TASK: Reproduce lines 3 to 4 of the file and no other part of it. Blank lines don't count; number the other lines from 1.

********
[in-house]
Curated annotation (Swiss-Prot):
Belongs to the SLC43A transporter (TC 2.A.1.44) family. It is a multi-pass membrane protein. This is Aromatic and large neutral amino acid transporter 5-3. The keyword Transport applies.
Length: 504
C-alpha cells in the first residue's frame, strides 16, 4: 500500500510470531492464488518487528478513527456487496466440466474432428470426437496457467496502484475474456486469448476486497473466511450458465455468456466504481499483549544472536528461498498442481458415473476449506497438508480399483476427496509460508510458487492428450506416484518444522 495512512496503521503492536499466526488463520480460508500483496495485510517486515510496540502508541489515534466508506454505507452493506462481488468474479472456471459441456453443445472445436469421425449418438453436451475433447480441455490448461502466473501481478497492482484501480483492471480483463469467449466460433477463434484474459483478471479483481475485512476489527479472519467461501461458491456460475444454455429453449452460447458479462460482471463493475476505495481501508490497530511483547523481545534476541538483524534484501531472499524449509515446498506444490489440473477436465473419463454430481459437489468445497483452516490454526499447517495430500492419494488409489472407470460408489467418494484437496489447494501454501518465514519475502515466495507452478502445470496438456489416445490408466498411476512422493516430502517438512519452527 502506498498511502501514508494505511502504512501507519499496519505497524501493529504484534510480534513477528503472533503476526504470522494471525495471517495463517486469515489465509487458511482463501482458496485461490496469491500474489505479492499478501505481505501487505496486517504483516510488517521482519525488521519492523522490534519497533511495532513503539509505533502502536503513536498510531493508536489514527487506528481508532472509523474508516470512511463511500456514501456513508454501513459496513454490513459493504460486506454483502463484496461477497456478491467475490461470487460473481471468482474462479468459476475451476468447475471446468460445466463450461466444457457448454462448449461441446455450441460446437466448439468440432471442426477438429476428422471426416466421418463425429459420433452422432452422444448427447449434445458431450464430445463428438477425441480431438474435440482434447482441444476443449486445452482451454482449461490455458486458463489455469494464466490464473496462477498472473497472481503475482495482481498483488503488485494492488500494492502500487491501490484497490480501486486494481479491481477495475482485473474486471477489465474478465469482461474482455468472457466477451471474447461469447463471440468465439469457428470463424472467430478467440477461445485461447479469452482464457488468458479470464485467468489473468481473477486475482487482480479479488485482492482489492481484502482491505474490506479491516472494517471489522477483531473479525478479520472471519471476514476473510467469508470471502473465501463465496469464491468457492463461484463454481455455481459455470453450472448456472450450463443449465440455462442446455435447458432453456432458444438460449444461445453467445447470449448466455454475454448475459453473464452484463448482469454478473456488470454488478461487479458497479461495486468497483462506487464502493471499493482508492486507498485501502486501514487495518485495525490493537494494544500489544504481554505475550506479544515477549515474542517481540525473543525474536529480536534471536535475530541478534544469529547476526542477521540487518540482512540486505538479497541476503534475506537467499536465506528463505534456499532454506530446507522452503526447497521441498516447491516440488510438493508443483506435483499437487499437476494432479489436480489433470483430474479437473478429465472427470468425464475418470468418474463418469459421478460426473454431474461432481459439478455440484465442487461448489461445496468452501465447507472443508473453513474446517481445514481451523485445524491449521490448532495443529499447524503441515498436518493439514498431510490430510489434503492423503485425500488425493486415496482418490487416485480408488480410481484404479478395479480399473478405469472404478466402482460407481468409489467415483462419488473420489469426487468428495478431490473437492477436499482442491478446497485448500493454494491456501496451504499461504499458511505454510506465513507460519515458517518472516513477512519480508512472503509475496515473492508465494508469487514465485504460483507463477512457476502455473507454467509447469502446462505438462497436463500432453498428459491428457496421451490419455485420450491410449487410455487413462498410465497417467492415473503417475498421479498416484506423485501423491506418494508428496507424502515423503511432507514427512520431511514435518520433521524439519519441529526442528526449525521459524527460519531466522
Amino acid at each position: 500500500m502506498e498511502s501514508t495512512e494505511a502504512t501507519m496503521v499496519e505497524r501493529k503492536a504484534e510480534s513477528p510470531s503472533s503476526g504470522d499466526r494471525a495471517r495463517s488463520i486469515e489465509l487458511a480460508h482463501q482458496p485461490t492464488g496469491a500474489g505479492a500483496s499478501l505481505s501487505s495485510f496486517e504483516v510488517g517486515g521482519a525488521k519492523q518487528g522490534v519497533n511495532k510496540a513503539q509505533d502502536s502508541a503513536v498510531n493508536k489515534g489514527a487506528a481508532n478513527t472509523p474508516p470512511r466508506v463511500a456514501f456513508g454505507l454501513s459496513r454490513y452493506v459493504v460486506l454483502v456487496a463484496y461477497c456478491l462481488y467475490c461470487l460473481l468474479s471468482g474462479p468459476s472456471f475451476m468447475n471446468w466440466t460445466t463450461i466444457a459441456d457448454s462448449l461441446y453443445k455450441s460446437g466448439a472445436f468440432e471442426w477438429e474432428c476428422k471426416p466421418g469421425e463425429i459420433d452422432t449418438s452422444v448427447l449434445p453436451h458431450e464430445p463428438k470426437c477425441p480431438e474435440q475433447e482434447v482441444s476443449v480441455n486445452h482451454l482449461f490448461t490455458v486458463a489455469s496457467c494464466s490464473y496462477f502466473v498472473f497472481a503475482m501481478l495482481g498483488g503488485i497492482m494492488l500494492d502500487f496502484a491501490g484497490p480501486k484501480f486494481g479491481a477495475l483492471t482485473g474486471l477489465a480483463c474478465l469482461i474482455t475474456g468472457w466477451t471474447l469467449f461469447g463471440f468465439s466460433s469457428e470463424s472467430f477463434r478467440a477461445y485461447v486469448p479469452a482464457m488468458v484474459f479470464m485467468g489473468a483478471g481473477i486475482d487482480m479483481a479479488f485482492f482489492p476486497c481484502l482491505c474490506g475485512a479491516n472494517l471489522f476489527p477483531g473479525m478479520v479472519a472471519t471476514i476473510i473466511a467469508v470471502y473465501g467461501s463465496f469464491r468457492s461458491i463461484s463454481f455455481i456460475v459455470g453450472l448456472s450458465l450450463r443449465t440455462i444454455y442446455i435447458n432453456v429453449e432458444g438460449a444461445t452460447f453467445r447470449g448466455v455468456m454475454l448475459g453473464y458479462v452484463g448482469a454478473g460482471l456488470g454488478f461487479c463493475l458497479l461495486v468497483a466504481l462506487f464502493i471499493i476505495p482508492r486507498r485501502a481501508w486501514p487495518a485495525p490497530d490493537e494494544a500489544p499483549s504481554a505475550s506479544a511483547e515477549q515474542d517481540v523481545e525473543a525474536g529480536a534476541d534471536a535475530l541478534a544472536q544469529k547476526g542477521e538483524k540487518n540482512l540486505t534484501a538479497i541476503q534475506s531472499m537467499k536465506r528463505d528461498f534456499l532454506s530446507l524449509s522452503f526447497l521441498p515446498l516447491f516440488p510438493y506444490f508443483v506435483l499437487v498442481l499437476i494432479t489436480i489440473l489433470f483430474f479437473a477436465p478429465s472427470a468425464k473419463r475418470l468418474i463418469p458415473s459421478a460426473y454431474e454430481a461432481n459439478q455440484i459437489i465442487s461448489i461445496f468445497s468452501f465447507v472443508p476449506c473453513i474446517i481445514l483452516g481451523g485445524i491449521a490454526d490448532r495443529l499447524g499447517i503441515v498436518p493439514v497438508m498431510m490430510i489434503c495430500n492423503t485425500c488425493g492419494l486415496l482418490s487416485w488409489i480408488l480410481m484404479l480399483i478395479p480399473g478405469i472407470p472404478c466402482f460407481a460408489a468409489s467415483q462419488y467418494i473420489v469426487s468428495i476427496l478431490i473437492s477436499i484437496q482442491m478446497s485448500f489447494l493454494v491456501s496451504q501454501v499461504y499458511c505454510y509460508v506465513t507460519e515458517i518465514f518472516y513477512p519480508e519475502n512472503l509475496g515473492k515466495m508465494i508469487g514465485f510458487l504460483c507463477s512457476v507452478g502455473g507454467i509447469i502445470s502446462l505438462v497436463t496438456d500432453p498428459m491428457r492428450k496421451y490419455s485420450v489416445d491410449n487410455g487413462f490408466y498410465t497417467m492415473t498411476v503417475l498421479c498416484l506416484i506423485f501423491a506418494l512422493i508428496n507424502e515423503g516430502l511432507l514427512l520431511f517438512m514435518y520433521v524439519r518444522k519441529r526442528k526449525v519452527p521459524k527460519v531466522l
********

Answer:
Belongs to the SLC43A transporter (TC 2.A.1.44) family. It is a multi-pass membrane protein. This is Aromatic and large neutral amino acid transporter 5-3. The keyword Transport applies.
Length: 504